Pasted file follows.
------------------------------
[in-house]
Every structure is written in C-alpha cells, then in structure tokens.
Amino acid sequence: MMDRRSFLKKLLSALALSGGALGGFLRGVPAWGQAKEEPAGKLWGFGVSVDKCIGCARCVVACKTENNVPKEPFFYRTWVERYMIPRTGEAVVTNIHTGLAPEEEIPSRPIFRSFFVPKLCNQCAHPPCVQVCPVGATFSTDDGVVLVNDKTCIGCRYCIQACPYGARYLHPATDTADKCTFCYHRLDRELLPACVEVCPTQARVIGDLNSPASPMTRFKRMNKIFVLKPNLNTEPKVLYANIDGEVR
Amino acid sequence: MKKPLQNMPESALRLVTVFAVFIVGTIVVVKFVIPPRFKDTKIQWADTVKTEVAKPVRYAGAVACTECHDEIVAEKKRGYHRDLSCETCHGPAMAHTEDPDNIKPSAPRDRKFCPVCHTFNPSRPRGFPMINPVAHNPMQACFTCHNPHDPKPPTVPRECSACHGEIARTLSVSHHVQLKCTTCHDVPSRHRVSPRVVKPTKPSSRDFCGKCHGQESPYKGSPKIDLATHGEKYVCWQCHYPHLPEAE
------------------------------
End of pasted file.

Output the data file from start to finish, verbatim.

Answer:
[in-house]
Every structure is written in C-alpha cells, then in structure tokens.
Amino acid sequence: MMDRRSFLKKLLSALALSGGALGGFLRGVPAWGQAKEEPAGKLWGFGVSVDKCIGCARCVVACKTENNVPKEPFFYRTWVERYMIPRTGEAVVTNIHTGLAPEEEIPSRPIFRSFFVPKLCNQCAHPPCVQVCPVGATFSTDDGVVLVNDKTCIGCRYCIQACPYGARYLHPATDTADKCTFCYHRLDRELLPACVEVCPTQARVIGDLNSPASPMTRFKRMNKIFVLKPNLNTEPKVLYANIDGEVR
Amino acid sequence: MKKPLQNMPESALRLVTVFAVFIVGTIVVVKFVIPPRFKDTKIQWADTVKTEVAKPVRYAGAVACTECHDEIVAEKKRGYHRDLSCETCHGPAMAHTEDPDNIKPSAPRDRKFCPVCHTFNPSRPRGFPMINPVAHNPMQACFTCHNPHDPKPPTVPRECSACHGEIARTLSVSHHVQLKCTTCHDVPSRHRVSPRVVKPTKPSSRDFCGKCHGQESPYKGSPKIDLATHGEKYVCWQCHYPHLPEAE